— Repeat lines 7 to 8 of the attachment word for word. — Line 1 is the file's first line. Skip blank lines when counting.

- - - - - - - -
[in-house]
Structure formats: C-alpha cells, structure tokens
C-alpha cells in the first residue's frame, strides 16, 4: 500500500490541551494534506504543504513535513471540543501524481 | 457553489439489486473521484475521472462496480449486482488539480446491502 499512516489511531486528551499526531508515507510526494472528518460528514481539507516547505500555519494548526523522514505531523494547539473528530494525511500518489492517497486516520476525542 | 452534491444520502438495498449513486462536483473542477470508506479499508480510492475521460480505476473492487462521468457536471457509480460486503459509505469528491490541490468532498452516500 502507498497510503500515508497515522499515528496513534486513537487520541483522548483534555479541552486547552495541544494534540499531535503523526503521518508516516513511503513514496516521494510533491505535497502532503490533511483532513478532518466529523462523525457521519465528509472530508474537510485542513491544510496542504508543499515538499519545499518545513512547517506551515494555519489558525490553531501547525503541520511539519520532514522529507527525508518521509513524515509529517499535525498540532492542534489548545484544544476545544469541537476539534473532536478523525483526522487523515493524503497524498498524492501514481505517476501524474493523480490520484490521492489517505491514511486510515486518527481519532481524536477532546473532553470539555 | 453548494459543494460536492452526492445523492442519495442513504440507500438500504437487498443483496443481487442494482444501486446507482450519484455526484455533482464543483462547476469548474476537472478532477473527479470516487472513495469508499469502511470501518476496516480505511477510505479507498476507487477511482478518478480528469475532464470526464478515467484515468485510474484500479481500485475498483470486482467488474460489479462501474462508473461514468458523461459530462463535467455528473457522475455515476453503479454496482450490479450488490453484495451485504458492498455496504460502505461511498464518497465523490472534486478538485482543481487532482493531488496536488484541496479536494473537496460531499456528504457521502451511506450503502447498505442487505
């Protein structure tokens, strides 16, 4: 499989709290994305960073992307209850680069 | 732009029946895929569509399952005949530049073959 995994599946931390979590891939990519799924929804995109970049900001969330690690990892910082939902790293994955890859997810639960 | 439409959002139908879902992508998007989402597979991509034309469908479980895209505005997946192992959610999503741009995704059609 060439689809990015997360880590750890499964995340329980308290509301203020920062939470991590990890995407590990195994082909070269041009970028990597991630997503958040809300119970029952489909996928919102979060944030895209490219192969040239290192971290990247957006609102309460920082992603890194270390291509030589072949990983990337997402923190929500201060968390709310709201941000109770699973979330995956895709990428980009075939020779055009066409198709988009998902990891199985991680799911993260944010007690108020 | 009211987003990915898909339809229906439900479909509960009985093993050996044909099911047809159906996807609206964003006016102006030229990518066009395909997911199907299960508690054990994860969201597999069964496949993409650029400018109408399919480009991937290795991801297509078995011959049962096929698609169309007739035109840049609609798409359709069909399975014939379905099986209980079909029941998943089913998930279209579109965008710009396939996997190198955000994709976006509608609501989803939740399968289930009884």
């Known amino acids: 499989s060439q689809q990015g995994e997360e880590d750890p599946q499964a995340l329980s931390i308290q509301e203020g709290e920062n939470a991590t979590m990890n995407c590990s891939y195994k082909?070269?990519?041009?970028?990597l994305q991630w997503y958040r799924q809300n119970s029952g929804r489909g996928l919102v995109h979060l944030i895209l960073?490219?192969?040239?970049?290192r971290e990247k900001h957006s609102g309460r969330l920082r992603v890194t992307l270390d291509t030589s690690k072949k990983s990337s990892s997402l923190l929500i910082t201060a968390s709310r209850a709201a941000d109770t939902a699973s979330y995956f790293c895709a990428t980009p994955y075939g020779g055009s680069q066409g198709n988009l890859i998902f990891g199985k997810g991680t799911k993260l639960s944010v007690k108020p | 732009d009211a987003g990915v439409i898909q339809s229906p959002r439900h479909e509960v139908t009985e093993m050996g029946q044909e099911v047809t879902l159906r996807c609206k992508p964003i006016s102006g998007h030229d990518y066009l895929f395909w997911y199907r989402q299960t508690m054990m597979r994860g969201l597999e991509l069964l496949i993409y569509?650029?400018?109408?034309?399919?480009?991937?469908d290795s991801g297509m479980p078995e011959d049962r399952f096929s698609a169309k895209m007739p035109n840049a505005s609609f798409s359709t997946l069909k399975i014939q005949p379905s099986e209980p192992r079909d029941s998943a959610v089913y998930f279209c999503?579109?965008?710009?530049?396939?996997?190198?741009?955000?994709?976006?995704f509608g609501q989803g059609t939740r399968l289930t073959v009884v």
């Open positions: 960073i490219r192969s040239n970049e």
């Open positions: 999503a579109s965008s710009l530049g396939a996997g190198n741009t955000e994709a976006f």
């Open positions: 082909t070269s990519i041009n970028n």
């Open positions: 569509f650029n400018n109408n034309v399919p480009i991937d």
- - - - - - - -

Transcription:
């Open positions: 999503a579109s965008s710009l530049g396939a996997g190198n741009t955000e994709a976006f």
């Open positions: 082909t070269s990519i041009n970028n």